Tuesday, June 02, 2015

IMF report on fuel subsidies .

is out with several commentaries which contradict each other. Here is the link to their website with links to a video and their blogs Global Energy subsidies: An update. Their subsidies include (which is most of the 5.3 trillion dollars mentioned) the so called externalities like damage to environment and health now and in future and also more controversially comparison with other GST type taxes.  The worst offenders are USA, China, Russia and India. Their solution is hike in fuel prices which will fall on consumers. Contrary to what some articles claim, they are aware of the affect on the poor and say
 "While energy subsidy reform is clearly beneficial from the view of the entire society, there are potentially important distributional issues as the fiscal and environmental benefits and the welfare loss from consumption reduction may accrue to different segments of the population. For example, most of environmental benefits may go to urban populations. This creates winners and losers from energy subsidy reform, which can introduce major obstacles to achieving energy subsidy reform. In addition, energy subsidy reform should protect the poor and vulnerable, making sure their well-being is not adversely affected. The proper use of the fiscal gain would be crucial in addressing this issue as well as the overall distributional impact of reform benefits. " Page 31 ofhttp://www.imf.org/external/pubs/ft/wp/2015/wp15105.pdf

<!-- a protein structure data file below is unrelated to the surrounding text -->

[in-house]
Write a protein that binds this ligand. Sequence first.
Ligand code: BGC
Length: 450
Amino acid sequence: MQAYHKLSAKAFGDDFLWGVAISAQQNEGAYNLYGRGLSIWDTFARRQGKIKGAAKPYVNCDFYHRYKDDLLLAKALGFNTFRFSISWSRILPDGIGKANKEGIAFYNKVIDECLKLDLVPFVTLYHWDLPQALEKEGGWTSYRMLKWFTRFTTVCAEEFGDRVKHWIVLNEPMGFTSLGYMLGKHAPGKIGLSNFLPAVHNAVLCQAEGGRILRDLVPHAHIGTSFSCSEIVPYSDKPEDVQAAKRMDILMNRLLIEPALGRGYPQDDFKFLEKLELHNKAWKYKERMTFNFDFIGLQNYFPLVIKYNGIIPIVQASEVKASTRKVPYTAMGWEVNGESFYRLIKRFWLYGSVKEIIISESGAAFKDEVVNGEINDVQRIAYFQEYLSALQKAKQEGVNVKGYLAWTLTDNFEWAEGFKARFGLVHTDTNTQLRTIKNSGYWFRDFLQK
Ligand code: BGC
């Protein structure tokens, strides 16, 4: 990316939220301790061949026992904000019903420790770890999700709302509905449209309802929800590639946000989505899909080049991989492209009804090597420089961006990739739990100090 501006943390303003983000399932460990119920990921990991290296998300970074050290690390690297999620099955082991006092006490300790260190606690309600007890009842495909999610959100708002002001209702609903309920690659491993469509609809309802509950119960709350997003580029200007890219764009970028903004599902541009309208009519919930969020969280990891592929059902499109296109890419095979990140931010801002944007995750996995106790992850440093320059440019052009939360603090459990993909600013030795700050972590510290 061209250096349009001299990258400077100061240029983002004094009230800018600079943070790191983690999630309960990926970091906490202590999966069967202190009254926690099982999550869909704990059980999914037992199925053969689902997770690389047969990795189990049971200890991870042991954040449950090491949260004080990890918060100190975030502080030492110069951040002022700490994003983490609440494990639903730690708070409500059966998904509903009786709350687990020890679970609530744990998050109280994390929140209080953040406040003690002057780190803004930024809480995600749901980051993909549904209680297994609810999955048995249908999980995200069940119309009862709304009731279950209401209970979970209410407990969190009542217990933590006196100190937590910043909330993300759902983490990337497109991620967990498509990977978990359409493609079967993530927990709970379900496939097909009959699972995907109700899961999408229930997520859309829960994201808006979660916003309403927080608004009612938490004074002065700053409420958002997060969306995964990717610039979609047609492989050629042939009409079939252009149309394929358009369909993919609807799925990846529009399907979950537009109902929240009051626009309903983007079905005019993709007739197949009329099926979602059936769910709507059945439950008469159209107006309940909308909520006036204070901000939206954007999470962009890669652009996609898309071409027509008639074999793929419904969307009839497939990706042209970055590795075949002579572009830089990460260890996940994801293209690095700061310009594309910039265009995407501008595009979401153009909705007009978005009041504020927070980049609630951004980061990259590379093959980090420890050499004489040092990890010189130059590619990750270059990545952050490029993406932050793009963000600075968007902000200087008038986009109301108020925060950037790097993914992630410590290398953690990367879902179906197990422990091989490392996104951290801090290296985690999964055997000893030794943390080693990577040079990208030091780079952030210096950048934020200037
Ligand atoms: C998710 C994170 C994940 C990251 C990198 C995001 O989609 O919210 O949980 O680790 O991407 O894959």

I have only browsed through the report and have to go through it more carefully. On the whole, it seems comprehensive model to follow and improve on. Here are some commentaries from Vox, and Tim Worstall at Forbes. Nicholas Stern Says in an artcle in The Guardian "While the IMF’s figures are eyewateringly large, they are, if anything, conservative because they are based on low estimates of the costs of climate change from the US government, which tends to omit many of the largest risks. While the IMF offers a regional breakdown, there are no figures for individual countries."
From an earlier article by Puneet Kollipara in The Washington Post "Calculating a policy’s benefits, on the other hand, can be tougher. We’re talking about avoided deaths, avoided illnesses, as well as the aesthetic value of cleaner air. We can get a sense of how many fewer illnesses and deaths a policy might yield — at least for the pollutants we know a lot about. But how do you quantify the dollar value of those benefits so you can weigh them against costs? How do you put a dollar figure on a human life, or on the economic productivity gains and health-care savings from one less heart attack, or on the aesthetic value of cleaner air? It’s not a straightforward task at all, as many scholars have pointed out." and also discusses the political problems.

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